Another valentines day has come and passed with the usual amounts of fanfare, lots of chocolates, pink hearts, cuddly teddy bears and romantic proposals. But how really does valentines day affect Muslims? This year I saw pictures being spread through Whatsapp with cartoon Hijabi’s saying they’re Muslims so they don’t celebrate valentines day. That off course got me thinking. Personally I don’t really prescribe to mass marketed holidays like Valentine’s Day, Mothers Day, Friends Day and the like, but I tend to consider them harmless and on days when I actually remember, I wish my friends happy Friends day and send them some hugs and well wishes. So getting those messages, made me wonder, why is it that some Muslims felt the need to send messages saying they don’t celebrate valentines day because they’re Muslim.
Was it because of the history of valentines day, which I barely understand myself? Something about a Saint Valentine who was tortured and murdered for allowing some people to get married? I’m not entirely sure what the history is… For me, when I think about Valentines day, I think about it’s message of spreading love, of rekindling romance and re-discovering passion. When I think of it in those terms I see nothing wrong with it. If anything the only problem I have with it, is that it’s resigned to just one day. As Muslims we’re supposed to spread love every single day.
The same reason that Mother’s Day seems silly to Muslims since, we’re supposed to love, honor, cherish, respect and adore our Mothers every single moment of every day for as long as they are alive, makes valentines day seem ill advised. If we focus all our attention on just being loving and kind for 1 day, what happens to the other 364 days of the year? Are we supposed to stop being loving, are we supposed to forget about being kind and compassionate until the day comes round again?
I think the best way to treat valentines day is like Ramadan, it comes around once a year to help you replenish your soul, increase your good acts with the goal of sustaining them throughout the rest of the year. So if Valentines Day is to make any sense at all, it needs to be a day of reflection on love in our lives and in ourselves with the hope of finding new ways to express love to those we care about and learning how to maintain that spirit for the rest of the year.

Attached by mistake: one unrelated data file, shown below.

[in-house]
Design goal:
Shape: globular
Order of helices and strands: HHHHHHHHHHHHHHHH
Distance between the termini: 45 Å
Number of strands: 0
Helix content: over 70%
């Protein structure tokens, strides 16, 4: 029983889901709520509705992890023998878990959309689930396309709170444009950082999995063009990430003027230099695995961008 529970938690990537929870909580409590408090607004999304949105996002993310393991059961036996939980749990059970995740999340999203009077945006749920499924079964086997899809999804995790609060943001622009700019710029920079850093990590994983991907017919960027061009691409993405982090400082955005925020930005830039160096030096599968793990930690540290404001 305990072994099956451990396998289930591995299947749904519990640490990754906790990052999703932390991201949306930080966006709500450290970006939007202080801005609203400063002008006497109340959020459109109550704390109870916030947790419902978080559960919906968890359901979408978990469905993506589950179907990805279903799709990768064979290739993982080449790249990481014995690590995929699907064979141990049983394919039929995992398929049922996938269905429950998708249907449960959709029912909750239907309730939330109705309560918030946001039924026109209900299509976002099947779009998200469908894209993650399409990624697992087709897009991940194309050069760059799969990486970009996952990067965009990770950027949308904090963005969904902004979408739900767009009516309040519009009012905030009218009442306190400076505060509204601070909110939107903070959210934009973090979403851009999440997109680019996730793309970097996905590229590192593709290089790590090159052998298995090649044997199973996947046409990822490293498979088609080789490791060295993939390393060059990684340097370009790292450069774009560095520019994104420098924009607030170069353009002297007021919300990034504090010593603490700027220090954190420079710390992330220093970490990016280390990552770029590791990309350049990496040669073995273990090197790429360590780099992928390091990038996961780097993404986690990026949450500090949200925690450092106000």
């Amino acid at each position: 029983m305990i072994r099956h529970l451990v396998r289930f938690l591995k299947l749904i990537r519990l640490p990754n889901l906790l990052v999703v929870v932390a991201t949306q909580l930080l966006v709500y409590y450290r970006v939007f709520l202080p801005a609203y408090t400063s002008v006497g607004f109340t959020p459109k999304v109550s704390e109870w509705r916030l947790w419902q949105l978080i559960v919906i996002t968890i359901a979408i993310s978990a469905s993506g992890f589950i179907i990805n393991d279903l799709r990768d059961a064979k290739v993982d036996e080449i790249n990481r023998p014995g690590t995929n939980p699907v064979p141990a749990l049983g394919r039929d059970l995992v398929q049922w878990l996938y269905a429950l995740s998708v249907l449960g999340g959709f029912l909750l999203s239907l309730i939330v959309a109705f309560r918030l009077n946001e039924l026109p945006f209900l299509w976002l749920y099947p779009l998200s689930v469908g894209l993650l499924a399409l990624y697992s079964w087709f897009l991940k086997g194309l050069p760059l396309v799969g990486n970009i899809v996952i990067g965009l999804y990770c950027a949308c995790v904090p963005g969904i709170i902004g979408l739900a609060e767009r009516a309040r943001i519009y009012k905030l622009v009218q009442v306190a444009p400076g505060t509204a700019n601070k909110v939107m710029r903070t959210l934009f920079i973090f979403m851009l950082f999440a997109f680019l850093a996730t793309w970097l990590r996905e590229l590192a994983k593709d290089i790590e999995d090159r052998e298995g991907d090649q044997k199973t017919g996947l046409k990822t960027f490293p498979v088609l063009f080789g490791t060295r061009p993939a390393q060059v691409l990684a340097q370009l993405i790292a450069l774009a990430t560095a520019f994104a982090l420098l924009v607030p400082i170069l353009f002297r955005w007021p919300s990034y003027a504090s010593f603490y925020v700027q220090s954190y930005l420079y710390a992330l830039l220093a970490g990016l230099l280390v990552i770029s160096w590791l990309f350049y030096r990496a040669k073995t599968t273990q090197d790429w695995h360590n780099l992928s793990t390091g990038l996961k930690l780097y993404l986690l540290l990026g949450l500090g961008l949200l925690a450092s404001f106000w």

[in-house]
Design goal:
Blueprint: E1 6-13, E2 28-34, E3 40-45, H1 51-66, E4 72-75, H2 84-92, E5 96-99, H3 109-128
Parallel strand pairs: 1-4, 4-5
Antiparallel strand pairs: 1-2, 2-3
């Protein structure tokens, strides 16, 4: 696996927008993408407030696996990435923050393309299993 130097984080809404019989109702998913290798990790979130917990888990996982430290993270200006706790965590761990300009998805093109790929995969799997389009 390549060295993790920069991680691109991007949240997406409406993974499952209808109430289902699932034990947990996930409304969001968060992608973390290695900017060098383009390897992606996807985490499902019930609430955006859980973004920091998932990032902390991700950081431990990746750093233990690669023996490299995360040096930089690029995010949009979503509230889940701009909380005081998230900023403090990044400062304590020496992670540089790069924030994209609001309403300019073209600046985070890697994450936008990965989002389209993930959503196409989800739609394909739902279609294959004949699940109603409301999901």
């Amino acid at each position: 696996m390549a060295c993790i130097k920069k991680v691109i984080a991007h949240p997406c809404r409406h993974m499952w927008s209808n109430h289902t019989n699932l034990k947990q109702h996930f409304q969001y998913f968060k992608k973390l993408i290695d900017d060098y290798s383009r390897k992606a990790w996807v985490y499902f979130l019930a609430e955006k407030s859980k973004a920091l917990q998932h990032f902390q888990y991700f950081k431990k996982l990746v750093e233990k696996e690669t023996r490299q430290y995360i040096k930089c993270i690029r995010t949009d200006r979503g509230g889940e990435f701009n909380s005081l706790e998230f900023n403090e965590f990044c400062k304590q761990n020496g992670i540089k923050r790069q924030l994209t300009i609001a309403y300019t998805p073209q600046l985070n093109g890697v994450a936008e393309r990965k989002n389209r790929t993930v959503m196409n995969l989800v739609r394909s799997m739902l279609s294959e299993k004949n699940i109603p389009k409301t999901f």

Islam teaches love in every thing we do and yet in this century Islam is almost always synonymous with words that are the exact opposite of love. I leave you with a favourite Hadith of mine about the blessed Prophet and how he showed love to everyone with every action he took.
The blessed Prophet was sitting with his companions when a Bedouin rushed into their gathering. The Bedouin had been saving up for some time in order to be able to afford to bring grapes as a gift to the blessed prophet. He proudly presented a plate of red grapes to the Prophet PBUH who accepted them with a smile and thanks. The blessed Prophet, SAW, ate the first grape and smiled, then he took another and another until he had finished all the grapes. When he was finished he thanked the Bedouin again for his gracious gift and the Bedouin left with a huge smile on his face, overjoyed at how the blessed Prophet had received his gift.
Once the Bedouin had left the companions of the Prophet PBUH asked him why he hadn’t shared the grapes with them, because whenever anyone brought a gift to the Prophet PBUH, he would take one for himself and then pass the rest to his companions.
He explained to them that when he tasted the first grape he found that it was incredibly sour and he knew that if he gave the rest of the grapes to the companions that their facial expressions would show how sour the grapes were and the Bedouin would be embarrassed that his grapes were sour. Rather than hurt the Bedouins feelings especially since he knew how much trouble he had gone to in order to be able to afford the gift, he decided to eat all the grapes himself, smiling as he did so.
It was such a simple act, but it was full of love and graciousness. And it’s little acts like these done every day that matter, not one day filled with chocolates, roses and bad poetry.